The Icelandic statement is a reminder to the West that this issue cannot be skirted around. The well-worn cliché about the only resolution being negotiations between the parties conducted in a fair and balanced atmosphere (that is, one where outside parties strive to balance the skewed power dynamics between the regional superpower, Israel, and the occupied, stateless and powerless Palestinians) is absolutely true in this case.
But instead of taking that on, the United States, Europe, and all the other major players have tried their best to avoid it. Frankly, this is absurd, and always has been.
No peace deal yet devised has ever taken a real look at RoR. Discussions ensue about what “the people” will accept, and it is usually, if quietly, assumed that the Palestinian position is so weak that they will swallow forgoing the Right of Return in order to end the occupation and build their state. Those making that assumption have never bothered to talk to an actual Palestinian. Whether in a café in Ramallah, a workshop in Gaza City, a refugee camp in Lebanon or an organizers’ meeting in Paris, they would have gotten a clear message that RoR must be seriously addressed if any peace proposal is to garner even moderate Palestinian support.
Avishai, who has come under some justifiable criticism for an approach to this issue reflective of his privileged Israeli position, must be applauded for finally bringing this question into mainstream US discourse.
It is the discourse, in the US, Europe and most of all in Israel and the Occupied Territories that has been missing for all these years. On all other issues, there have been the stated demands on both sides and then public discussion, within and across borders, about how to reconcile pragmatism with ideology, historical wrongs with present-day realities. But on RoR, there has been only the tense exchange of absolutism.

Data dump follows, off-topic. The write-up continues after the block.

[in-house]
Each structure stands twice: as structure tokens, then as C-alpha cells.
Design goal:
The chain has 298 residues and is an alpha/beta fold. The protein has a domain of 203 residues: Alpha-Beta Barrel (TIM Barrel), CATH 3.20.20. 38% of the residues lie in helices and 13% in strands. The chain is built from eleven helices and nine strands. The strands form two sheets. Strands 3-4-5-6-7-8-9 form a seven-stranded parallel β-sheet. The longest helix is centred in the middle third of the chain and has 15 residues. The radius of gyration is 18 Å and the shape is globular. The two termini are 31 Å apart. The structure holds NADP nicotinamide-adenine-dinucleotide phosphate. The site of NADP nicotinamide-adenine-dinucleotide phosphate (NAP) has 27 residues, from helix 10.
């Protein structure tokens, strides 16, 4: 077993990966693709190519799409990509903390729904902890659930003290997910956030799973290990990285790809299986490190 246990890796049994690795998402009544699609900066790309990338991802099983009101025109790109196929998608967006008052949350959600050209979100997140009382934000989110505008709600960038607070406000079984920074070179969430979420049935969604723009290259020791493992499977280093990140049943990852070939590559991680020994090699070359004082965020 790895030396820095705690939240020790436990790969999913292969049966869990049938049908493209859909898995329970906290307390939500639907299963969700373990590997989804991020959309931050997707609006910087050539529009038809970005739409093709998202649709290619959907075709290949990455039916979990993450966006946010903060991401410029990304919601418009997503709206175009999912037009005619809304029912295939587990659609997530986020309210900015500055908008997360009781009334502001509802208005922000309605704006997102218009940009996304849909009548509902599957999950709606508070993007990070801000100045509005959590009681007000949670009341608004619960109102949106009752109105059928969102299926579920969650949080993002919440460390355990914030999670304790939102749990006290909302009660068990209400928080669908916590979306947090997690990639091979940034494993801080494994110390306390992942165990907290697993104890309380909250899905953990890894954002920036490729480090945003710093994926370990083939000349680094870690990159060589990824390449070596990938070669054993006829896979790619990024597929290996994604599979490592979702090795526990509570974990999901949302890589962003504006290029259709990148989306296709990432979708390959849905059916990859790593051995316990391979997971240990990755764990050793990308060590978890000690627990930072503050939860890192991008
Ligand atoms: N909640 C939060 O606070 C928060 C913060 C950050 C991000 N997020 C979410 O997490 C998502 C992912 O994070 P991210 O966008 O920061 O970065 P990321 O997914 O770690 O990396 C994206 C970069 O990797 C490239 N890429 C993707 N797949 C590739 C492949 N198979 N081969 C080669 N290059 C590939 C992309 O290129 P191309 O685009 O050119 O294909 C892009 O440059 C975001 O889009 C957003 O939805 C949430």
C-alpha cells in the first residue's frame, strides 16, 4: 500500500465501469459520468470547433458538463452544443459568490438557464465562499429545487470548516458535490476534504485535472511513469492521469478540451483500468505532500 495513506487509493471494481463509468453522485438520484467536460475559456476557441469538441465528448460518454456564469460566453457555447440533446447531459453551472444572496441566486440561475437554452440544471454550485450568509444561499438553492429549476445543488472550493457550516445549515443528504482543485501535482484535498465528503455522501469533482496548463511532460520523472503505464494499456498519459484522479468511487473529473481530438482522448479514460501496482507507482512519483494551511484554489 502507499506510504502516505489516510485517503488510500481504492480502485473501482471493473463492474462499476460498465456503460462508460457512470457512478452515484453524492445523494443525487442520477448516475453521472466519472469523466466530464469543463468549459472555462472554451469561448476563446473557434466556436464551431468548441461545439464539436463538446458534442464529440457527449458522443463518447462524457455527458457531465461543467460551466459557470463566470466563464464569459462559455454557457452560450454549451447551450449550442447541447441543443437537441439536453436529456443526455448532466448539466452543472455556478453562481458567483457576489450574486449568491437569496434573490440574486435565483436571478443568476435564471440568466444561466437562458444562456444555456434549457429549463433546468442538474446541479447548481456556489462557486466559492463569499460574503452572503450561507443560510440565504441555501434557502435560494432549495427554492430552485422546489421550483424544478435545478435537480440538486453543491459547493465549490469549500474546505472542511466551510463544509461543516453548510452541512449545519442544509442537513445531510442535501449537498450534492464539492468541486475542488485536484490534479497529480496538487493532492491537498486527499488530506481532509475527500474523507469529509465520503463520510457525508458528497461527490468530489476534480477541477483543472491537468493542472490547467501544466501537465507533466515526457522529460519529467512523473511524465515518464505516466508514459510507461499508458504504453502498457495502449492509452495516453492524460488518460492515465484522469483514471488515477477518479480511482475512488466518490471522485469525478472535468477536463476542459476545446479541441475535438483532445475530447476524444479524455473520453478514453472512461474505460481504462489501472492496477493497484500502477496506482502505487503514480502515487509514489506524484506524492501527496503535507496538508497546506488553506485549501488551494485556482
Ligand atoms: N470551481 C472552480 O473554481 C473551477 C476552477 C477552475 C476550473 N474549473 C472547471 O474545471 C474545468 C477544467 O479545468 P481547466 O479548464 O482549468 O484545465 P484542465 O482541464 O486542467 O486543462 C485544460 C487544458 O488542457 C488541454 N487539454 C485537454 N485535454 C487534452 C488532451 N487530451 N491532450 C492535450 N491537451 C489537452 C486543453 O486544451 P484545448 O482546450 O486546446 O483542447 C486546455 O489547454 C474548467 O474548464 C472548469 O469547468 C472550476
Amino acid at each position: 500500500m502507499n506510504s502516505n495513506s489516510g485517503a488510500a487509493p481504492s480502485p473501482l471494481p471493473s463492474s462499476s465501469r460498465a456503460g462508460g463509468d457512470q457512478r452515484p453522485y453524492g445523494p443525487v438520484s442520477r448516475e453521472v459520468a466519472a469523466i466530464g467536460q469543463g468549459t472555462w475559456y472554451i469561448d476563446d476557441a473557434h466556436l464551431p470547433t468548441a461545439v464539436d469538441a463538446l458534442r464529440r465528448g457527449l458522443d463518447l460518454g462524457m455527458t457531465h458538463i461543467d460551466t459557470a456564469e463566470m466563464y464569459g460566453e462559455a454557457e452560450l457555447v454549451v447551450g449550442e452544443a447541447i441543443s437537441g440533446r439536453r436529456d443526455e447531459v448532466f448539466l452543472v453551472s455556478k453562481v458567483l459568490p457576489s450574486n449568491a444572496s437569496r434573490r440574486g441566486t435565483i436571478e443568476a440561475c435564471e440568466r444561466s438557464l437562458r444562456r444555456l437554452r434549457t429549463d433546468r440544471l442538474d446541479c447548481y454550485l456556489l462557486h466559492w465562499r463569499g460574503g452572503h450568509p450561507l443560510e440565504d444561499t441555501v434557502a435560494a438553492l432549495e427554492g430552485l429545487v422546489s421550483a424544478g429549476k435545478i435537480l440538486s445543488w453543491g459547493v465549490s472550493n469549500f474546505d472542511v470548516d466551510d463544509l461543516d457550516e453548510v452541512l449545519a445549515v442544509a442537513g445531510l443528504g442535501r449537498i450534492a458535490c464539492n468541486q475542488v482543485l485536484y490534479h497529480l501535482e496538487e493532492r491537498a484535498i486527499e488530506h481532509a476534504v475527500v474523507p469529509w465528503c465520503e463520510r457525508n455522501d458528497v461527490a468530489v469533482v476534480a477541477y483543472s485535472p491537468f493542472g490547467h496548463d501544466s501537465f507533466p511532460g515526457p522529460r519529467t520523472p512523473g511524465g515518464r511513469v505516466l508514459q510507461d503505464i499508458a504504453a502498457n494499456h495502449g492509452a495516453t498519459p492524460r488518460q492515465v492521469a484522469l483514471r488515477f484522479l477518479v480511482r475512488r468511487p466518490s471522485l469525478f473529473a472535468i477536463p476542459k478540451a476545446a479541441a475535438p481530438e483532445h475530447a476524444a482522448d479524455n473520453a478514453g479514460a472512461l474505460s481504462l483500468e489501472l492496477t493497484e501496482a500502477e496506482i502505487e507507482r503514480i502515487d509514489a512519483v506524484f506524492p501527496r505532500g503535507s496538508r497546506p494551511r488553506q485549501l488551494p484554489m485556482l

Avishai’s proposed solution may not seem realistic to many. However, the solution isn’t the point right now. Opening a discussion about this, allowing Palestinians to make their case in a public forum, and Israelis and their advocates to respond, like every other issue, is the task at hand.
Already, Avishai’s piece stirred up intense debate on the very nature of Zionism and the Jewish State. And that is precisely the discussion that Right of Return is going to provoke. Instead of running away from that discussion, it should be embraced.
More than any other issue, RoR both challenges the status quo and stirs serious legal and ethical questions of history. Until they are grappled with, we are likely to see a continuation of the polarization we have seen in recent years and an ongoing stalemate which only leads to more violence and insecurity.
The Right of Return is the very heart of the conflict, the definition of Palestinian dispossession and the cause of the fear, born (for the many Israelis of conscience) of historical guilt in Israel. Resolving it in a manner that both sides can live with is indispensable. Who knows. Maybe Avishai is right, and the road to resolving it, whether on his path or some other, contains the key to resolving the conflict as a whole.